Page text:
This Discovery Took 30 Years to Surface

Times Staff Writer

Story line: Hancock Park piano teacher’s 30-year-old songs get bootlegged in Japan, unearthed in America, even sampled on a rap record.

The goods: Margo Guryan’s “Take a Picture,” re-released in 2000, and “25 Demos,” released last fall, both available at

The heroine: Guryan, a jazz student who turned to pop songwriting after jazz great Dave Frishberg turned her on to the Beach Boys’ “God Only Knows,” had songs recorded by artists such as Mama Cass Elliot, Claudine Longet, Glen Campbell and Bobbie Gentry, the Lennon Sisters, and Spanky & Our Gang (including the modest hit “Sunday Morning”) in the 1960s. “At that time, if you wrote good songs you could get a record deal,” she says. “People wanted songwriters; it didn’t matter whether you were a singer.”


The album: But sing she did, and “Take a Picture,” a collection of delicate, sunny songs with bossa nova flavor and cooed vocals, was released in 1968 on Bell Records. “When I heard the album, it was like discovering a secret ‘Pet Sounds,’” says Linus of Hollywood, the pop artist whose label, Franklin Castle, handled the “Picture” and “25 Demos” releases. He estimates they have sold at least 8,000 copies worldwide. “It’s been quite a coup to take an obscure ‘60s record and get it into the indie mainstream.”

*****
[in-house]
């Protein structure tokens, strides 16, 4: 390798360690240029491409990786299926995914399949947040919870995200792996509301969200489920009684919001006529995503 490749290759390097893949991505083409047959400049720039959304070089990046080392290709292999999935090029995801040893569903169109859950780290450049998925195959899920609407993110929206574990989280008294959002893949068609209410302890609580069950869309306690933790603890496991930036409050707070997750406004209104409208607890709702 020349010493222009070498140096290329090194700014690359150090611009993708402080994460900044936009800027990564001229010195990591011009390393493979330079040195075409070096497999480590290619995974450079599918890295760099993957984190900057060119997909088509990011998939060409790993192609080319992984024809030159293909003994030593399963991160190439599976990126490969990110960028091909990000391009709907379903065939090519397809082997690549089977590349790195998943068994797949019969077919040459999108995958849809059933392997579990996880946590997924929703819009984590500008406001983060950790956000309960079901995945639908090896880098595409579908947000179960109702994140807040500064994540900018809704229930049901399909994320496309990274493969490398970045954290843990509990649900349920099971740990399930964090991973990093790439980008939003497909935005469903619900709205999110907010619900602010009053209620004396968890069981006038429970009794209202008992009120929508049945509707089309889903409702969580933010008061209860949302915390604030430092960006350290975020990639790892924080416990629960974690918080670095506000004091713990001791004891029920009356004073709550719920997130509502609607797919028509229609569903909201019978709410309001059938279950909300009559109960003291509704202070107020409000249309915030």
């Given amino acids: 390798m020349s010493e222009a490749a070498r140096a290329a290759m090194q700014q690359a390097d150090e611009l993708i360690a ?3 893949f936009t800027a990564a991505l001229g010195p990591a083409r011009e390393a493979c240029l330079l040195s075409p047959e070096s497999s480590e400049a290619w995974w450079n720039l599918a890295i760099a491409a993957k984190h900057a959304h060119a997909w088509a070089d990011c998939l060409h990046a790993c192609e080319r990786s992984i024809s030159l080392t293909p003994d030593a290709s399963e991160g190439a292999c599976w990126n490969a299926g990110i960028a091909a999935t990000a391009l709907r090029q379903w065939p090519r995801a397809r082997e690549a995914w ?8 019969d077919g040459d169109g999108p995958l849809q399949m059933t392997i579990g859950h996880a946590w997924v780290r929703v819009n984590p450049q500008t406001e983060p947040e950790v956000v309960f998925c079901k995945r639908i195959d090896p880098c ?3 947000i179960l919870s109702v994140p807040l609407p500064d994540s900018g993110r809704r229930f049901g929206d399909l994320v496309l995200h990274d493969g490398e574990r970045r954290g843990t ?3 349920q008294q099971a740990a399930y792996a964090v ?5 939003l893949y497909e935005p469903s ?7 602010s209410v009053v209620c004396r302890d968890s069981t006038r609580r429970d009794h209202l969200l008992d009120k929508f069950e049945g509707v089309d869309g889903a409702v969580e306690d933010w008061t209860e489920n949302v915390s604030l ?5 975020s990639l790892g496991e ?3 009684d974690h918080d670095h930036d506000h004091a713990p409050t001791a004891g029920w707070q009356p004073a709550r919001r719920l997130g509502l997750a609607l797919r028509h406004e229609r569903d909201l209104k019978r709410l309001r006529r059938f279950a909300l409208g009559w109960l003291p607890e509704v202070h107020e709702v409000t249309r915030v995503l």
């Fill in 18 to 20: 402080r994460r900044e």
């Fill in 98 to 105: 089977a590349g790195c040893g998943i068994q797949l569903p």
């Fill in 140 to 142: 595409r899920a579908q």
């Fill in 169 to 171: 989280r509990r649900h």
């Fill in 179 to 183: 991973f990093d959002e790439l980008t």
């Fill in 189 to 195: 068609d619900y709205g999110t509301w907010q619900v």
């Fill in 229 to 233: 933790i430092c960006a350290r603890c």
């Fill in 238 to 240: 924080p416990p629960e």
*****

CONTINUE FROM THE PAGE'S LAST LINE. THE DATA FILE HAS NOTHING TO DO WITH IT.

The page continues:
Fast forward: “For years, I didn’t listen to the songs, or play the album. Something like that becomes part of your past and you just accept it,” says Guryan, who had married her publisher, David Rosner, and moved from New York to Los Angeles. “Then we get a royalty check from Japan. And we find out [copies of ‘Take a Picture’] are drawing exorbitant prices on EBay.” It led to her album’s re-release and the reconstruction of her demo songs for “25 Demos.”

Just a sample: One string introduction she penned for Campbell-Gentry even ended up on a song by Mad Rapper. “It’s still amazing to me to have something resurface after 30 years,” she says. “People say I’ve been rediscovered. It’s not true--I’ve been discovered.”

And now: “I love teaching. It’s not something I did out of frustration. I’d like to write songs, but how would I write now? I haven’t figured that out yet.”